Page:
The 2-minute noodles ‘Maggi’ has come under regulatory scanner after samples collected in some parts of Uttar Pradesh were found containing added monosodium glutamate (MSG) and lead in excess of the permissible limit, official sources said.
The Lucknow Food Safety and Drug Administration has initiated inquiry and written to the Food Safety and Standards Authority of India (FSSAI) in New Delhi seeking to cancel the licence for Maggi. The state regulator has also asked FSSAI to order sampling of the product from across the country to check quality, officials said.
“We have tested Maggi samples at Kolkata’s referral laboratory. The test results show that there are added monosodium glutamate and excess of lead. We have ordered further sampling,” FSDA Assistant Commissioner Vijay Bahadur Yadav told TOI.
However, Nestle, which manufactures Maggi, maintains that it does not add monosodium glutamate to the product, whereas presence of excess lead is “surprising” for the company.
“We do not add MSG to MAGGI Noodles and glutamate, if present, may come from naturally occurring sources. Food regulators in India also do not specify any limit for the presence of MSG / Glutamate,” a Nestle spokesperson said. He said, “We are surprised with the lead content supposedly found in the sample. We monitor the lead content regularly as part of regulatory requirements, and tests at our own accredited laboratories as well as those by independent external accredited laboratories have consistently shown the results to be well within the permissible limit.”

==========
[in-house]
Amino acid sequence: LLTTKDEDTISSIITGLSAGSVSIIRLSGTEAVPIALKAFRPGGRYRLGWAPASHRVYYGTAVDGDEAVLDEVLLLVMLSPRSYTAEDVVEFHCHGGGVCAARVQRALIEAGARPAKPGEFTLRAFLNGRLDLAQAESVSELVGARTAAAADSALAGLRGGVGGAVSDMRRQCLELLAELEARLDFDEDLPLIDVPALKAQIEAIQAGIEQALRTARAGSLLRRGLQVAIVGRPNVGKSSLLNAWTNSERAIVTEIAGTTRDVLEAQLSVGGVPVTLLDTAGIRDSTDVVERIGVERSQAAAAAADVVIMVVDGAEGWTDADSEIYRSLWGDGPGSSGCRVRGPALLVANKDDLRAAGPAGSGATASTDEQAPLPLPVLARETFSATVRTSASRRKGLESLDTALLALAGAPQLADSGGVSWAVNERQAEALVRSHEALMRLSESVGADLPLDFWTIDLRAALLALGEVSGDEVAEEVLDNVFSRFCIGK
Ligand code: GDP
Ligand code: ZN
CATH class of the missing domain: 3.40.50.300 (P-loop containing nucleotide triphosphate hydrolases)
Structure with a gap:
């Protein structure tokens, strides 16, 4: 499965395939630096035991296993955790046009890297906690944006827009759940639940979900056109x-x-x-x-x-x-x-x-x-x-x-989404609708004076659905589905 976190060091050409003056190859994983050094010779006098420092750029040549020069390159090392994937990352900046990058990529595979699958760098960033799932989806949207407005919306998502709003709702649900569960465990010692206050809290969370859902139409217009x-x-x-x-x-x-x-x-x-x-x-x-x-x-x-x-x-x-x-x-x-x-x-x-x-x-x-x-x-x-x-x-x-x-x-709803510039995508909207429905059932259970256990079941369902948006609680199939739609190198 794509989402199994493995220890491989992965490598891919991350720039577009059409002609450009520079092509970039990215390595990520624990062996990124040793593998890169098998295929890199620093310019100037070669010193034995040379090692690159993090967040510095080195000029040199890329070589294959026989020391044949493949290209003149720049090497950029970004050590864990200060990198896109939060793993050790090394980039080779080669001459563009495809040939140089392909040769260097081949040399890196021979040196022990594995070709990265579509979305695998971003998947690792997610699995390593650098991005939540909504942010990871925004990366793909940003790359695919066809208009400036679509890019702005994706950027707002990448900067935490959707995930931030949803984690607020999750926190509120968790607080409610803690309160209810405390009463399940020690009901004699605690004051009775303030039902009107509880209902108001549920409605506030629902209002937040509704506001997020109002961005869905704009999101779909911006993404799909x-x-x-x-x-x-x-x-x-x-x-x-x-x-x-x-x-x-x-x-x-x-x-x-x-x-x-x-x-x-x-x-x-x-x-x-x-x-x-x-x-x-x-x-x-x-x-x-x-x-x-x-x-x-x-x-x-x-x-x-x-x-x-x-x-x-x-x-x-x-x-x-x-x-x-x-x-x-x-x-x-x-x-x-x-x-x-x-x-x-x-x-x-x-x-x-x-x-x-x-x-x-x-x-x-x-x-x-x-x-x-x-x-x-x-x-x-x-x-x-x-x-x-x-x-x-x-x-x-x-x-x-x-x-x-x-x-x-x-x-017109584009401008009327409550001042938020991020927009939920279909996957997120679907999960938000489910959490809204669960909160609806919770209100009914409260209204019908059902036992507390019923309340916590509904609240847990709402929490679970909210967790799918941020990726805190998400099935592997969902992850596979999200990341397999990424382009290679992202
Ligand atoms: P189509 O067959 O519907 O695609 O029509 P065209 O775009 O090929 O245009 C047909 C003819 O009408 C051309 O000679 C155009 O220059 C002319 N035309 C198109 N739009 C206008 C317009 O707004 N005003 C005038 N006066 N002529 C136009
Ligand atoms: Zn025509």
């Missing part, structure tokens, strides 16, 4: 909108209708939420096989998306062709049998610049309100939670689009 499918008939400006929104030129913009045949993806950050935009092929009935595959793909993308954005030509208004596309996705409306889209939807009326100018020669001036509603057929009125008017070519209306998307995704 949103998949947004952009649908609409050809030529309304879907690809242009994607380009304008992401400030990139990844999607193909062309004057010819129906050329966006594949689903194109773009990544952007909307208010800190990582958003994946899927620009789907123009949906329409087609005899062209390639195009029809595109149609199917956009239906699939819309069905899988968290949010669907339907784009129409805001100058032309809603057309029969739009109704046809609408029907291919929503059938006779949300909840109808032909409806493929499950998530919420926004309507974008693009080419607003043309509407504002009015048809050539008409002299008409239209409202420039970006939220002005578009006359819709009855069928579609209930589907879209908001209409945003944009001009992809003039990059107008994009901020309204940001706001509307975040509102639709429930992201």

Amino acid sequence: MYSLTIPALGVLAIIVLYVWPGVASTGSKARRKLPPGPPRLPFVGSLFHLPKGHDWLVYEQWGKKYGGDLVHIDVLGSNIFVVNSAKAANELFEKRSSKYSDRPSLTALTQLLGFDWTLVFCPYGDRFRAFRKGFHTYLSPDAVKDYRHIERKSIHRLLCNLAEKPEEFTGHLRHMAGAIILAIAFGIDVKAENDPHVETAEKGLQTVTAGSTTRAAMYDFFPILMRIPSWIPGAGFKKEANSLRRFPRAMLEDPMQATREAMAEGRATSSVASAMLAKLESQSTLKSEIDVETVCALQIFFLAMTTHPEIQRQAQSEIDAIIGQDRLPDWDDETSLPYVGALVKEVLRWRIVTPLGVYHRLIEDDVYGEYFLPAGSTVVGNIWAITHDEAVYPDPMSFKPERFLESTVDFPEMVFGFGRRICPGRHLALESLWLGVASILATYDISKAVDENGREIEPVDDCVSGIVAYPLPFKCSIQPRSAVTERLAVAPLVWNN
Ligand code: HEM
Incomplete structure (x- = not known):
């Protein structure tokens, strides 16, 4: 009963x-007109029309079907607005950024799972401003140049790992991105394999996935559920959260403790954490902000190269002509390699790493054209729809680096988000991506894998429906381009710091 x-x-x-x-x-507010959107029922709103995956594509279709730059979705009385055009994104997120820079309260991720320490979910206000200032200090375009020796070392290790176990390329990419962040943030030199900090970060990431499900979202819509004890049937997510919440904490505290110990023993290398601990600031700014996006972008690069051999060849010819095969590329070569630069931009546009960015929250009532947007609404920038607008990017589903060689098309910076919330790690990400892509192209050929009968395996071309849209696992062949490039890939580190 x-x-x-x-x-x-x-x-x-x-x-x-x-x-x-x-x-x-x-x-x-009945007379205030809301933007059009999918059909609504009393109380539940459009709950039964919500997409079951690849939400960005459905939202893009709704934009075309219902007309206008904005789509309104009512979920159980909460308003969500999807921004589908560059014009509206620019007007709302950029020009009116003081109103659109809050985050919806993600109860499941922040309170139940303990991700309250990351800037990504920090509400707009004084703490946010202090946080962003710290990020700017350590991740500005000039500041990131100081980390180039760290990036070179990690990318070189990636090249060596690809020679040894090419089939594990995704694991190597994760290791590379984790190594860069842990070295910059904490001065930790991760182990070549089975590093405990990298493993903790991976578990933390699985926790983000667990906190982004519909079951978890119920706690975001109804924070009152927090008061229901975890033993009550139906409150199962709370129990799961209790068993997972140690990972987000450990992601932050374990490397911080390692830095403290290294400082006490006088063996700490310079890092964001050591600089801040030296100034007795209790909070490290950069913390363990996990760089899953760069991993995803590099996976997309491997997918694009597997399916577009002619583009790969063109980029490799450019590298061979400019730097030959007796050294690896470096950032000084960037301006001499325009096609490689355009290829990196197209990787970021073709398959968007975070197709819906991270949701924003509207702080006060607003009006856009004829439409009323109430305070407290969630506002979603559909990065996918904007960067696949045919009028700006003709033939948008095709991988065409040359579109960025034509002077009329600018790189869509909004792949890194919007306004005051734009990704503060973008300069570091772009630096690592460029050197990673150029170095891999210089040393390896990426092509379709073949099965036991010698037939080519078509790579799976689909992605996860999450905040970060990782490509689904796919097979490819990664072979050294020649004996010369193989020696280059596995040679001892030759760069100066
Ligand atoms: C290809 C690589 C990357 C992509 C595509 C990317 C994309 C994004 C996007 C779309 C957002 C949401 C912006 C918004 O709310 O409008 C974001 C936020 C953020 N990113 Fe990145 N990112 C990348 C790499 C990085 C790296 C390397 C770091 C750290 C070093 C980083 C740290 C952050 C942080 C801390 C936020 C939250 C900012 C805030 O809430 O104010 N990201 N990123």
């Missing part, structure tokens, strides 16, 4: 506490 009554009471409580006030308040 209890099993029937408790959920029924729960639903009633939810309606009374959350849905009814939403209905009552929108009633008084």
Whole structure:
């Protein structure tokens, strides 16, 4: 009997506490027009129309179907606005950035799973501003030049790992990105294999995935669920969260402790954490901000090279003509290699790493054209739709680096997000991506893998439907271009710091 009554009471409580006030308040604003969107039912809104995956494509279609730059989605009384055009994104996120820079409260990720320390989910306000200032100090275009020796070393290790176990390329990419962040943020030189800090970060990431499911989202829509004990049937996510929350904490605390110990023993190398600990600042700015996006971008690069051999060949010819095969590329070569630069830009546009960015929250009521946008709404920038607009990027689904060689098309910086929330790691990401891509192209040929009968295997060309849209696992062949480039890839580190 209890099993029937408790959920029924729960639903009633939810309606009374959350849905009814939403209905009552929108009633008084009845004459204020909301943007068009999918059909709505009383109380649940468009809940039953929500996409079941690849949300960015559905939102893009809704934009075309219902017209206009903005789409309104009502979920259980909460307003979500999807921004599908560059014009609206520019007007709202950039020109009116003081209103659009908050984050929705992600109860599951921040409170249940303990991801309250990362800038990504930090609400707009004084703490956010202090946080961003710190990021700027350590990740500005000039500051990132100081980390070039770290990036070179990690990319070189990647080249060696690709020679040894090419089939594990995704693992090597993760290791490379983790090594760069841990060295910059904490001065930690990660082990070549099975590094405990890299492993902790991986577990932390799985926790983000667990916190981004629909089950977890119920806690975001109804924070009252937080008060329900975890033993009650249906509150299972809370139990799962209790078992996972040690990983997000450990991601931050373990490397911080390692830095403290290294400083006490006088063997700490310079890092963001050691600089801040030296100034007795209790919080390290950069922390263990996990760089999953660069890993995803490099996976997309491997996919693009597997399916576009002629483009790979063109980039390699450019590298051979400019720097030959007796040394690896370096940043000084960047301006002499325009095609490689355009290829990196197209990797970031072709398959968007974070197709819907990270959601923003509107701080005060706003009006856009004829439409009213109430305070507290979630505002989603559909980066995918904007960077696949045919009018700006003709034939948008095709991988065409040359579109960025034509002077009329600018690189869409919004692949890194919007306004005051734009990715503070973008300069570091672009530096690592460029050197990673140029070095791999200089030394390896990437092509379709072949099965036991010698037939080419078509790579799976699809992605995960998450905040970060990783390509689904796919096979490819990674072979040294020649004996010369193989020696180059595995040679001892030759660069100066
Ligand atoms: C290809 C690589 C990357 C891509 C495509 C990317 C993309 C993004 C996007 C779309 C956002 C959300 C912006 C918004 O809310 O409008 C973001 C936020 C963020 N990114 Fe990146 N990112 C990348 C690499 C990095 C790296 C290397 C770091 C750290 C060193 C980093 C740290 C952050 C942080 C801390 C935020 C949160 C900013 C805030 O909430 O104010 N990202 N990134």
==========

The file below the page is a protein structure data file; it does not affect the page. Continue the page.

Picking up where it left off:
According to Yadav, test results showed Maggi containing 17 parts per million lead, whereas the permissible limit is 0.01ppm. Nestle says its records show lead content is negligible and less than 1 % of the fixed limit.
Monosodium glutamate, a kind of amino acid which occurs naturally in many agricultural products, is often also added artificially to packaged food to enhance flavour. Regulators and experts say such additives can be harmful for health, mainly for children. Food safety regulations mandate companies to specify on the packaging if MSG has been added.
When contacted, FSSAI said it will examine the case once it receives a detail report from UP and will immediately order sampling from other states. “Enforcement of the Act lies with state government and they must keep a stringent check. Once we receive communication from the state, we will certainly examine and take immediate cognizance,” a senior FSSAI official said.
Nestle said so far it has not been informed about any cancellation of licence or ban on the product. It also maintains that Maggi noodles “conform to all applicable food laws and regulations”.